August 2020

Today, after 5 weeks of blogging about our beloved Nextion HMIs doing advanced mathematics, you have learnt about doing calculations with binary fractional numbers, drawing curves and patterns, iterating through sine and cosine functions, thus creating circles, ellipses, and finally complex Lissajous patterns while combining two rotary movements, represented by two sin/cos pairs. More isn’t needed to move a visual step further and to transform your Nextion HMI into a Spirograph, only using the Nextion programming language! I’ll give you more details below.

The reward(s)

Since all Sunday Blog projects, be they simple or complex, are designed and run on the very popular NX4024T032 3.2″ Standard series HMI, it will be part of the reward. But that is not enough, we add a Foca Max USB to TTL serial converter board with 5.5V2A output. Both together allow quick developing and debugging (if needed) with a steady hi-speed USB connection between your PC and the Nextion HMI. No more fiddling with SD cards!


The challenge

Take last week’s example code HMI file ( which can be downloaded in the Nextion forums, keep the background graphics and modify just the code to have your Nextion HMI drawing Spirograph patterns like in this video:

Use the vertical slider to adjust the size of the inner drawing wheel and the horizontal slider to adjust the distance of the drawing hole from the center of the wheel. If you are done, archive your HMI file as a .zip and send it together with your full name and shipping address (in case you win) by email to nextion-contest(at)itead(dot)cc before August 31st, 2020 23:59 GMT.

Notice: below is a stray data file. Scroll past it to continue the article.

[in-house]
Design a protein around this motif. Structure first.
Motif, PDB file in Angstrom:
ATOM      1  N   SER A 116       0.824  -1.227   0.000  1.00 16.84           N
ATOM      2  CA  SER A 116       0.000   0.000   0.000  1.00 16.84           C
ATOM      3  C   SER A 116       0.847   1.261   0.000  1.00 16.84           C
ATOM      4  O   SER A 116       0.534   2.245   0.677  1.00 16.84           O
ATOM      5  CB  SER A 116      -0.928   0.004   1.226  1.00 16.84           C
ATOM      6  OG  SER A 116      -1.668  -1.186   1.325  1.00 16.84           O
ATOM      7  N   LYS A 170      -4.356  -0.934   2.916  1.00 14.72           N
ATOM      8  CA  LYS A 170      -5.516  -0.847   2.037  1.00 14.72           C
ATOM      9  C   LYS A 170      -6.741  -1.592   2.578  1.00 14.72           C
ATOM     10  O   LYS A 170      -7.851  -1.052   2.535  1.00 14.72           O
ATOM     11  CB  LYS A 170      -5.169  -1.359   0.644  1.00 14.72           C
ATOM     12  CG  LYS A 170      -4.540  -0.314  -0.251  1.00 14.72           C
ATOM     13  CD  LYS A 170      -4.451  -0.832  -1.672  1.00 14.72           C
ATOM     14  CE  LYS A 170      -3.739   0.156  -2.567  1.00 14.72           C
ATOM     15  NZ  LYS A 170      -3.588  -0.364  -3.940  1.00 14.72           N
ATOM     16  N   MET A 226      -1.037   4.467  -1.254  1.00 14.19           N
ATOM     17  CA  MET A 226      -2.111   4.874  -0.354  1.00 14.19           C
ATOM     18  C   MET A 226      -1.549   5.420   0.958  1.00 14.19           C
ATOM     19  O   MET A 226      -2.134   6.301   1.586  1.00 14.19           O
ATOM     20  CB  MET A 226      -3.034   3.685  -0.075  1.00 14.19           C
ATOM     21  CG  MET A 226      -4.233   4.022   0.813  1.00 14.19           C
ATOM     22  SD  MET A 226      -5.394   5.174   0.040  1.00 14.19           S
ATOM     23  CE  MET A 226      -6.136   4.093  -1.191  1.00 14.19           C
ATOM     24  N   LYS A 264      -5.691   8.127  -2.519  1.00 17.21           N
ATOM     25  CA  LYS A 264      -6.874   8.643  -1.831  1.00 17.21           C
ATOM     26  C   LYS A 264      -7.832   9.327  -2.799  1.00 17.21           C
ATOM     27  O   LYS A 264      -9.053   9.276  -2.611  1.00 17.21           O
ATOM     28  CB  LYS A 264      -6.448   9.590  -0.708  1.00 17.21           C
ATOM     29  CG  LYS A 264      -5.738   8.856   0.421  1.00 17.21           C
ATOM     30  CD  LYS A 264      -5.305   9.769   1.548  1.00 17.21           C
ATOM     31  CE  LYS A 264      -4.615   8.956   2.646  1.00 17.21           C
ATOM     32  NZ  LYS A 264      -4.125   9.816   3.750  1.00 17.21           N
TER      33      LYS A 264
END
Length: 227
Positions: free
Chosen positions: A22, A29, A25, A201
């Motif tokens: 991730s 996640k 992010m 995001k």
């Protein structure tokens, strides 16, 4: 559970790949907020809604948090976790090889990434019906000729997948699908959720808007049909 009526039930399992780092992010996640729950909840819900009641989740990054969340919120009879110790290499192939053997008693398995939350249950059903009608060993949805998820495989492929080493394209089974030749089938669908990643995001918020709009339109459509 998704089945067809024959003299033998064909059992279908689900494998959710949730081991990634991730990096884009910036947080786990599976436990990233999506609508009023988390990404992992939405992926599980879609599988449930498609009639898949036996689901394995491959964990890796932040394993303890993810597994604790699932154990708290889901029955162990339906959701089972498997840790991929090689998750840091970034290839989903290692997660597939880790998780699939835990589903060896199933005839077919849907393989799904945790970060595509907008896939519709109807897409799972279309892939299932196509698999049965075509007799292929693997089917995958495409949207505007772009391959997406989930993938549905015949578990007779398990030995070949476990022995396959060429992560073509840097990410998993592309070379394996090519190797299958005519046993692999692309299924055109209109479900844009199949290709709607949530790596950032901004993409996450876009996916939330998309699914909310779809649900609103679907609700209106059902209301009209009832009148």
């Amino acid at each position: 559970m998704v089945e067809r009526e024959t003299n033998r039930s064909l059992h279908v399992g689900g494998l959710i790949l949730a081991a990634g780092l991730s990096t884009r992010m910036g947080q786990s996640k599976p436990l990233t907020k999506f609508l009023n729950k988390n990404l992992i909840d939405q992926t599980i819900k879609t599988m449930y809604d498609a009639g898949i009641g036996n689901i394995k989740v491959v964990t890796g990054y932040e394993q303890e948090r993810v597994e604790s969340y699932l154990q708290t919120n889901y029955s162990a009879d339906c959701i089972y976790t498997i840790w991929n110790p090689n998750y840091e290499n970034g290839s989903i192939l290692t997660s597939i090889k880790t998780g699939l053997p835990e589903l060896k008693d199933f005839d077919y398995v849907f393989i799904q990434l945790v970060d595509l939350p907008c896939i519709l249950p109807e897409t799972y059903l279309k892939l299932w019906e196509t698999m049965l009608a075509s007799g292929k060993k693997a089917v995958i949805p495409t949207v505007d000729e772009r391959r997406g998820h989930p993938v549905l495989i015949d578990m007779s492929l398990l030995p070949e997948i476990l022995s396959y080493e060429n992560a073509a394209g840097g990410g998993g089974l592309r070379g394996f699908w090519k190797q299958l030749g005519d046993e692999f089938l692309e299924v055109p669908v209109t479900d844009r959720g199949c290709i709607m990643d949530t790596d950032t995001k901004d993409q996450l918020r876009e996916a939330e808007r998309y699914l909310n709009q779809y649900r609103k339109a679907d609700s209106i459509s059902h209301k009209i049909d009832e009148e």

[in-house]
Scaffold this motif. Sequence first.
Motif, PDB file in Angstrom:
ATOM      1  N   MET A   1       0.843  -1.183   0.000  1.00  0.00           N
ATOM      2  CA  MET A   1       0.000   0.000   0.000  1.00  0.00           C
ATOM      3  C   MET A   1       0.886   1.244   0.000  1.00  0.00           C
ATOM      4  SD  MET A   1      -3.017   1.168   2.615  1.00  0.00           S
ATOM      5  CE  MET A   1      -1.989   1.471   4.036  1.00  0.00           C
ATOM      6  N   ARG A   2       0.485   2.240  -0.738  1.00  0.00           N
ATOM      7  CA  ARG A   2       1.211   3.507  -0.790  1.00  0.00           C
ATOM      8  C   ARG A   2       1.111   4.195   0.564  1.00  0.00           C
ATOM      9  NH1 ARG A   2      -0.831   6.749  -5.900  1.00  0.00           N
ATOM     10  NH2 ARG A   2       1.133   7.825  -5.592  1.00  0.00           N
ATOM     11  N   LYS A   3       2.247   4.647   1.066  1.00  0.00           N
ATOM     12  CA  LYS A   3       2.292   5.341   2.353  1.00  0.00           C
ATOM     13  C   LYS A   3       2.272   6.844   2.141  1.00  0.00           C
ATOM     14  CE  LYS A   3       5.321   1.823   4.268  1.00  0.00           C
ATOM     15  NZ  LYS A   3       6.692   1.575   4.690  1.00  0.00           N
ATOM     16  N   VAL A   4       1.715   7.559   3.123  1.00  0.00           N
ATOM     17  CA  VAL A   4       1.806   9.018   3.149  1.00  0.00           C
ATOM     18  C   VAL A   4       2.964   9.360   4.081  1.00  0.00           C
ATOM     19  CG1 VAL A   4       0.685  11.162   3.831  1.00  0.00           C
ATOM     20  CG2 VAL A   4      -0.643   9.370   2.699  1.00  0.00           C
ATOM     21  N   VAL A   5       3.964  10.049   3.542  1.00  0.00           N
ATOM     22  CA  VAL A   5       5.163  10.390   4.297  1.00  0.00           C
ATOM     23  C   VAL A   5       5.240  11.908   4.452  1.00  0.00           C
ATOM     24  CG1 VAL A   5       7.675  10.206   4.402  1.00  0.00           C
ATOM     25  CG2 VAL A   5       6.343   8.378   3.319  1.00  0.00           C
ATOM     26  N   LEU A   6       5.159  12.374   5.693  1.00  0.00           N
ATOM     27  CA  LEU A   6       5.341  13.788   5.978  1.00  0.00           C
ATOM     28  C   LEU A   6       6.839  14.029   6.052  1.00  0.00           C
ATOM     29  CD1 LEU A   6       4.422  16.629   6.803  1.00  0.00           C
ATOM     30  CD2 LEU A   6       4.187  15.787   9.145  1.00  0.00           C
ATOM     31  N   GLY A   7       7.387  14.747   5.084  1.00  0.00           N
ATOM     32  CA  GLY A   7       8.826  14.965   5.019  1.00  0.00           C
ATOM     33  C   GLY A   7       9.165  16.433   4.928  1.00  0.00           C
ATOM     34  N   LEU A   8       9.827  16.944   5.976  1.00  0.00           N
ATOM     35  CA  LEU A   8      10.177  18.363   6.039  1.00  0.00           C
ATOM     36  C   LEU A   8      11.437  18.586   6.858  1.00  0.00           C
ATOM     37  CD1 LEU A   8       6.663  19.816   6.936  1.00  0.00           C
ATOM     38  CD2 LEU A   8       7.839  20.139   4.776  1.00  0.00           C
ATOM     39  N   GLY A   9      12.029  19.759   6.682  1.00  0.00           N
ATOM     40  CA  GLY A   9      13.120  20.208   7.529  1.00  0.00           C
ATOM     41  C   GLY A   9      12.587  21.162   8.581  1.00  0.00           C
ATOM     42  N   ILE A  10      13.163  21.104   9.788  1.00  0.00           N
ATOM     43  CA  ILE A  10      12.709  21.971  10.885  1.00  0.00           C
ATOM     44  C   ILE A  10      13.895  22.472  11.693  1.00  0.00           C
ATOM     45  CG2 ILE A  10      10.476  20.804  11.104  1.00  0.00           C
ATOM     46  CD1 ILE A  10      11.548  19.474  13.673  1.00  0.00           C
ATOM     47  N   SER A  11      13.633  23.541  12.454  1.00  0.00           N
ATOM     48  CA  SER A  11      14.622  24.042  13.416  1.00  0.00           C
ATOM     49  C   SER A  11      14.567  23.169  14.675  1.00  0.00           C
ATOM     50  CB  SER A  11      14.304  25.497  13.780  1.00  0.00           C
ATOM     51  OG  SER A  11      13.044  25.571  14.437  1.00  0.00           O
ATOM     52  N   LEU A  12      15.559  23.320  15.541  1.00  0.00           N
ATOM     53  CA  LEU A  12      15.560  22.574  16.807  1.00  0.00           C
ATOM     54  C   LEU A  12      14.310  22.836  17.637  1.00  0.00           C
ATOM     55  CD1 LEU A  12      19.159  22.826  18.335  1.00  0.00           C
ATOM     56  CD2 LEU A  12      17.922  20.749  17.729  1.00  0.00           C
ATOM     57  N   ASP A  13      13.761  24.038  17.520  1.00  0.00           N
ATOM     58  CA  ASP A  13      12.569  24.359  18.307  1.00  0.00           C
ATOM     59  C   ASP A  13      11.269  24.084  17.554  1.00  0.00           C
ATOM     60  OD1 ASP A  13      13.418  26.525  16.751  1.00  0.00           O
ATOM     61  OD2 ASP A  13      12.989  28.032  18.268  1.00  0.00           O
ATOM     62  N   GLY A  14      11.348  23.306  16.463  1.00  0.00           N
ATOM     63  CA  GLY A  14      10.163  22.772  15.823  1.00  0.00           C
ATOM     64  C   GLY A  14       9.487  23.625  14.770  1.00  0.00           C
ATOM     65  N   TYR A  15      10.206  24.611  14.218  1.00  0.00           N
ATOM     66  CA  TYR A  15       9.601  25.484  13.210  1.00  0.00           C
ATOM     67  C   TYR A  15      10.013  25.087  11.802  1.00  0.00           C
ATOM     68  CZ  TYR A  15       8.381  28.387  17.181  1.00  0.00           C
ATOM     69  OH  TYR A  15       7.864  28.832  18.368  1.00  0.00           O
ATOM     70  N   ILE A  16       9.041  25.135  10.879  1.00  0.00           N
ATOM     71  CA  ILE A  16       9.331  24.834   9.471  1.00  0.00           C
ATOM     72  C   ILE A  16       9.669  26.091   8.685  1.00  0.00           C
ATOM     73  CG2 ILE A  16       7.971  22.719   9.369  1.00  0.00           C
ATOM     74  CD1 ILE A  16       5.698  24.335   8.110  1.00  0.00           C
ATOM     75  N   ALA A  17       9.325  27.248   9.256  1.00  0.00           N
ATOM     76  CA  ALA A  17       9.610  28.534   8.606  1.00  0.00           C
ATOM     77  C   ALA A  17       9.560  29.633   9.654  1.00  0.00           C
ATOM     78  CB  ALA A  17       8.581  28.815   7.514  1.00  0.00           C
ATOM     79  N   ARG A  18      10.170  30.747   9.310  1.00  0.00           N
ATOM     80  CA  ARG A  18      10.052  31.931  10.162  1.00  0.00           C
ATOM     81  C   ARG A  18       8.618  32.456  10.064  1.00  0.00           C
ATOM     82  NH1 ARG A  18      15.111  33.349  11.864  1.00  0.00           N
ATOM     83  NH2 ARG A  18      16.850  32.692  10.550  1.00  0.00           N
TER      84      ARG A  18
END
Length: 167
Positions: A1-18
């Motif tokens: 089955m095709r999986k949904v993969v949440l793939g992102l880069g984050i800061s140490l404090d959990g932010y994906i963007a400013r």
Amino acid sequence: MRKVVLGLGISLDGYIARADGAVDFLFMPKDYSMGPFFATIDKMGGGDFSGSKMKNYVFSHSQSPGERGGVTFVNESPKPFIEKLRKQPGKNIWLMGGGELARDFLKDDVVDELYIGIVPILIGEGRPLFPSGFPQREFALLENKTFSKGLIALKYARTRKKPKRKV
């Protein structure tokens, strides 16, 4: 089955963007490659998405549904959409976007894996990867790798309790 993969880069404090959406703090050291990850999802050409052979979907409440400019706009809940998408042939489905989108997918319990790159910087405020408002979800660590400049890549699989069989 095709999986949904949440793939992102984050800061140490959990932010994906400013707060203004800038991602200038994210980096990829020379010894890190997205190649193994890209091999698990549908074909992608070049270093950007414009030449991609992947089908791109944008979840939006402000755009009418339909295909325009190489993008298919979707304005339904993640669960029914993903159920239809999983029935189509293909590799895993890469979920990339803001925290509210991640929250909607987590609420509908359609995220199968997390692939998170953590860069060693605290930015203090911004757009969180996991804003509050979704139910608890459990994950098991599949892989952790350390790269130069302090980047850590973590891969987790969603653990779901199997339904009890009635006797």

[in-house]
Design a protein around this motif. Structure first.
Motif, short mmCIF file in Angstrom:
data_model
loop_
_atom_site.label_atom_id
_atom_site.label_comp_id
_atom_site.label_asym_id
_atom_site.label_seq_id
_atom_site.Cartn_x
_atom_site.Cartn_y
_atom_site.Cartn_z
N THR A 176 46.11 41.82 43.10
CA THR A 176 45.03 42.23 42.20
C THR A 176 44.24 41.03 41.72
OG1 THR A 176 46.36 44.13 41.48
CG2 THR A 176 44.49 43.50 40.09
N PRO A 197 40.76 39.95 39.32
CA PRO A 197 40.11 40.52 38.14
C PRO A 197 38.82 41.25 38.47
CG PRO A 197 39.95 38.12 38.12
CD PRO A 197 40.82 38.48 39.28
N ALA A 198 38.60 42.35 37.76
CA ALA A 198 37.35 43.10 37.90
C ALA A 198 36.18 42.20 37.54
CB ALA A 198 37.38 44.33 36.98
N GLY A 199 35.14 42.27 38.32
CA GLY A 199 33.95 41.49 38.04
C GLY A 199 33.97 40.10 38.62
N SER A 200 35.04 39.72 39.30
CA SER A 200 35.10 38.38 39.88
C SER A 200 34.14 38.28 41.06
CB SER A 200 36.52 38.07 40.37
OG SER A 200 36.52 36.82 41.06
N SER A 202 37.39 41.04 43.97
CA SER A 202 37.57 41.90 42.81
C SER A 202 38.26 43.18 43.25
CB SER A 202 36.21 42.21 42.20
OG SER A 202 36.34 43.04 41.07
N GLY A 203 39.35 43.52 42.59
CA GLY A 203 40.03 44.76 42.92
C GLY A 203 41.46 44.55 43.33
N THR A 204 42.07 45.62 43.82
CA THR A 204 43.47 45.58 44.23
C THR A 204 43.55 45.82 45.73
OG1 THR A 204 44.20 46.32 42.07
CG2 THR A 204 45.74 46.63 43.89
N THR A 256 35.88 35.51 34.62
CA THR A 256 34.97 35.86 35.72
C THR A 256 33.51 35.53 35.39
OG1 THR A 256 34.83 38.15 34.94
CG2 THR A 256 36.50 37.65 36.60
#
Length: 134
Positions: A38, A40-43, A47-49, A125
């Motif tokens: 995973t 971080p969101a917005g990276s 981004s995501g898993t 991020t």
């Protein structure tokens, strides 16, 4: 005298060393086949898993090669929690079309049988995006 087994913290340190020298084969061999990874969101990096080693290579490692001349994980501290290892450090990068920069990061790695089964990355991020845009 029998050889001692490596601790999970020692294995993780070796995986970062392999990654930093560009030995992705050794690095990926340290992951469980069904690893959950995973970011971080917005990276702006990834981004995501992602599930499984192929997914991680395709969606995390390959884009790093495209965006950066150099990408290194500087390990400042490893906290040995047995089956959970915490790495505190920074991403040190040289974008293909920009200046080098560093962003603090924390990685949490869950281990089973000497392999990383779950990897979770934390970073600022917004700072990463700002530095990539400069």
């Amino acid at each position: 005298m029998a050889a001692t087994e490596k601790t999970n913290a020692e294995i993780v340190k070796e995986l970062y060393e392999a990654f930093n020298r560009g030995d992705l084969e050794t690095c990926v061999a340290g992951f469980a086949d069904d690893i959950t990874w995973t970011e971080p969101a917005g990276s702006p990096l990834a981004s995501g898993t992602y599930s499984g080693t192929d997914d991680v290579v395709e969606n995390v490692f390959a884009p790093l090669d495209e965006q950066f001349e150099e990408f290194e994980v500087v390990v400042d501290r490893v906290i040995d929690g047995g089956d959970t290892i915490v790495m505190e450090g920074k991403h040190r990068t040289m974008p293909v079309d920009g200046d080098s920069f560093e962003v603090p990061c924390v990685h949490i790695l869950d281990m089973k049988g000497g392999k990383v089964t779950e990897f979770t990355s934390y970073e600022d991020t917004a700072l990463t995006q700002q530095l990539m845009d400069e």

Our jury will look at your code, at the drawing speed, at the graphical result and will select the winner with the most efficient code, the highest drawing speed and the most beautiful result on the screen. The name of the winner and his rewarded code will be published in this Sunday Blog on Sunday, September 6th.

Some helpful stuff

If you don’t know how a Spirograph works, everything, all the maths including, is on Wikipedia!

If not yet done, read the previous blog articles:

The legal stuff

  • Employees of Itead, Nextion and Sonoff are excluded from participating in the competition.
  • Entries received after the closing date will not be considered.
  • The entry email must contain the full name and address of the entrant. The code should be attached as a zipped HMI file.
  • By submitting a solution, you agree that your full name and code will be published in the Sunday blog.
  • The submitted code must be public domain.
  • Legal action is excluded.

And now, “Bon courage !” as we say in France 🙂